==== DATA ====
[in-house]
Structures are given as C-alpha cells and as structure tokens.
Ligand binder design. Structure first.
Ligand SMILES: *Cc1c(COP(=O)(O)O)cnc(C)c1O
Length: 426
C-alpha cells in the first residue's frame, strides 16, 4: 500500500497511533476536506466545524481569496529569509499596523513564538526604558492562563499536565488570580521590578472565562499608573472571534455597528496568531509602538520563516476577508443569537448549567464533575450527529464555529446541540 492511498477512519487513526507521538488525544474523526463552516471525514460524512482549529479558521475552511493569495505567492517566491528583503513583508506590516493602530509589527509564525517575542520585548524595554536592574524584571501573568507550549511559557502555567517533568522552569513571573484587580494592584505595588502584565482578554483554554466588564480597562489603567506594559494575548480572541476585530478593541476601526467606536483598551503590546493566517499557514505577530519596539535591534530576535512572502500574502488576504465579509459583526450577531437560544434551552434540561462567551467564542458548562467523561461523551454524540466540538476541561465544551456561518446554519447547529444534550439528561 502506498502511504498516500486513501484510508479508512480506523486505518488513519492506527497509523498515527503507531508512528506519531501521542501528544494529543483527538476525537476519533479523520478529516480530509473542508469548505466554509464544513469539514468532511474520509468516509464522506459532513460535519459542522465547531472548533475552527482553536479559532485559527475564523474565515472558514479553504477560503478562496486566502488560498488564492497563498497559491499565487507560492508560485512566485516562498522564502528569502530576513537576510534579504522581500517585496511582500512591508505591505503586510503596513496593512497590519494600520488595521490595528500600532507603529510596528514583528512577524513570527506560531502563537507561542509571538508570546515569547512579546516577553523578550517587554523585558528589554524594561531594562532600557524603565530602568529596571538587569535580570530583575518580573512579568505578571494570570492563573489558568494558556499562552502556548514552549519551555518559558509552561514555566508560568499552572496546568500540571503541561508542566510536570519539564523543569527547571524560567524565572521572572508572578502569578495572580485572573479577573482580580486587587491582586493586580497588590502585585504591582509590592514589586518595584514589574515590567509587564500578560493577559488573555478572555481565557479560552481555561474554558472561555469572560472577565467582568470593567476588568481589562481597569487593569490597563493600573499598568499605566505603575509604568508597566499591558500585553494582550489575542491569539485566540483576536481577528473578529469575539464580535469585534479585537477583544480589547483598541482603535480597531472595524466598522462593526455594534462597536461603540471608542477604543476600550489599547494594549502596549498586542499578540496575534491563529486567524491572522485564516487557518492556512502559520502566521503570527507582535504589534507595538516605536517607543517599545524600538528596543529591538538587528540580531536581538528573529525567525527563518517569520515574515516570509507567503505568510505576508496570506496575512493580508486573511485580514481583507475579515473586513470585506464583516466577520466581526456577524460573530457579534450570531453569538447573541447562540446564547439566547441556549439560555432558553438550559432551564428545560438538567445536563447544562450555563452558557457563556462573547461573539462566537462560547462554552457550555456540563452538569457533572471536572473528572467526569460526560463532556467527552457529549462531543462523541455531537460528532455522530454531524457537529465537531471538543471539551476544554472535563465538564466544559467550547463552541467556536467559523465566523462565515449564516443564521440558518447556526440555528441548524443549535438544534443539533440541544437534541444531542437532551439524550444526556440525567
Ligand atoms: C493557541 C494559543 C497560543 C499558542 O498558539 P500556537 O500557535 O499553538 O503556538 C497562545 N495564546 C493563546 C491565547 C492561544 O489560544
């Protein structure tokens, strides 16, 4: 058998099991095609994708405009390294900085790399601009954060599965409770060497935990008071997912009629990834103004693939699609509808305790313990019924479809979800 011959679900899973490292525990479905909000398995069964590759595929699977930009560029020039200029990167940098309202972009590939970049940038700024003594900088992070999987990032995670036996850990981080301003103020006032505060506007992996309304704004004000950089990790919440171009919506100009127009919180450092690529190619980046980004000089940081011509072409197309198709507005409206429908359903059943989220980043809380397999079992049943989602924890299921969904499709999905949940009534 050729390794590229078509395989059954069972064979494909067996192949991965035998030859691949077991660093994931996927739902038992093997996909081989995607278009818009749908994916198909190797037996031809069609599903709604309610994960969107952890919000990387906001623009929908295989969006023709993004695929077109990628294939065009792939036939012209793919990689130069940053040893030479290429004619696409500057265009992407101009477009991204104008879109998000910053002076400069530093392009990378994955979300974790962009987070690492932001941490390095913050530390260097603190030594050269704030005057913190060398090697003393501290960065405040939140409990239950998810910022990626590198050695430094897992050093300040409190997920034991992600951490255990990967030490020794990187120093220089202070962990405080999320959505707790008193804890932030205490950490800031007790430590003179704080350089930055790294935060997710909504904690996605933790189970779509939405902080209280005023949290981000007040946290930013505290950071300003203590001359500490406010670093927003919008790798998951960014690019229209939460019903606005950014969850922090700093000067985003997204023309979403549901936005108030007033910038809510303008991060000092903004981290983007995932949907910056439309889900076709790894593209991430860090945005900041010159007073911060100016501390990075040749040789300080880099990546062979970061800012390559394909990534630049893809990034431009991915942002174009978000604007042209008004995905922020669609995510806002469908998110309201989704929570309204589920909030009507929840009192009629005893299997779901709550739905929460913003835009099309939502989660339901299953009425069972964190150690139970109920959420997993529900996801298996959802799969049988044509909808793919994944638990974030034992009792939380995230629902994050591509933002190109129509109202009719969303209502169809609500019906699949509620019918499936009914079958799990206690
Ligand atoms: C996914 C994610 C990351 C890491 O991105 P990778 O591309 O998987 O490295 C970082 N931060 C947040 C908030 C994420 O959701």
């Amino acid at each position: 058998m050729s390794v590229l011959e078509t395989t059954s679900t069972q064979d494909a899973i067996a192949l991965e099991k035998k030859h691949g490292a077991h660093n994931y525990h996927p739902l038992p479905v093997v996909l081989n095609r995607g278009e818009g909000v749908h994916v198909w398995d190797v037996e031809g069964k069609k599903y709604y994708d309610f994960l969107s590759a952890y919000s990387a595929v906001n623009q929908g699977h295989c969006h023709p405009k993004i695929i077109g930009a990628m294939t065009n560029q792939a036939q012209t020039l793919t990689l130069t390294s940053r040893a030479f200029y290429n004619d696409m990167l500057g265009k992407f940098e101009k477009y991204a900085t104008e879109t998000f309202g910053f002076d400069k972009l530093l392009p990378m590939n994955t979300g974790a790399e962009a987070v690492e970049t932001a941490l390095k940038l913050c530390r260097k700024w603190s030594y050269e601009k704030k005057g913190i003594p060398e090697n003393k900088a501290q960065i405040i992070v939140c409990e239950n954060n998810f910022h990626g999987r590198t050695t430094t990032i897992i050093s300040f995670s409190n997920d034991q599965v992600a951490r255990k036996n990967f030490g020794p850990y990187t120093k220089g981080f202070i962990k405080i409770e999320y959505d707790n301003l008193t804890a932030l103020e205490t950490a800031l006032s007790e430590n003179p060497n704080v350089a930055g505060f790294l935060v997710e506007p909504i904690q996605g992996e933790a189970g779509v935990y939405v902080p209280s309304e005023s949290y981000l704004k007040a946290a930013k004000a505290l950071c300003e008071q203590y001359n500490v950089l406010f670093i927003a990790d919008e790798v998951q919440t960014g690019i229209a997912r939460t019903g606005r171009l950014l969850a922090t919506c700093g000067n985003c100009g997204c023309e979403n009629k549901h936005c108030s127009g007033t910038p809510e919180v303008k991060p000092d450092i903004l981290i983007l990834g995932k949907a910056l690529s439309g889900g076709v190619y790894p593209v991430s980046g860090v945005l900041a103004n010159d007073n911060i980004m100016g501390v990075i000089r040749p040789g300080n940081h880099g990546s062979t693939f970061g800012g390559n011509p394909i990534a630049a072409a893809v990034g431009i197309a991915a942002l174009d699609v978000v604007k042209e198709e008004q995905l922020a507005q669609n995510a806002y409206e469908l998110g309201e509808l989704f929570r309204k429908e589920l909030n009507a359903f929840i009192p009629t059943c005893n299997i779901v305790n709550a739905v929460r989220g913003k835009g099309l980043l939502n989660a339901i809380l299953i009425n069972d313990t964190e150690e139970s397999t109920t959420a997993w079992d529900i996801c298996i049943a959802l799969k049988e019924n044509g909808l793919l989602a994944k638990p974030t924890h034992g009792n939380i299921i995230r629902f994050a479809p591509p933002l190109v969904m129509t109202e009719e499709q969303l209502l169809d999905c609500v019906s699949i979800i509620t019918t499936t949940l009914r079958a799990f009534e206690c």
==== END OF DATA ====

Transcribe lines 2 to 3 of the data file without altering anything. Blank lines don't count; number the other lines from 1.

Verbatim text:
Structures are given as C-alpha cells and as structure tokens.
Ligand binder design. Structure first.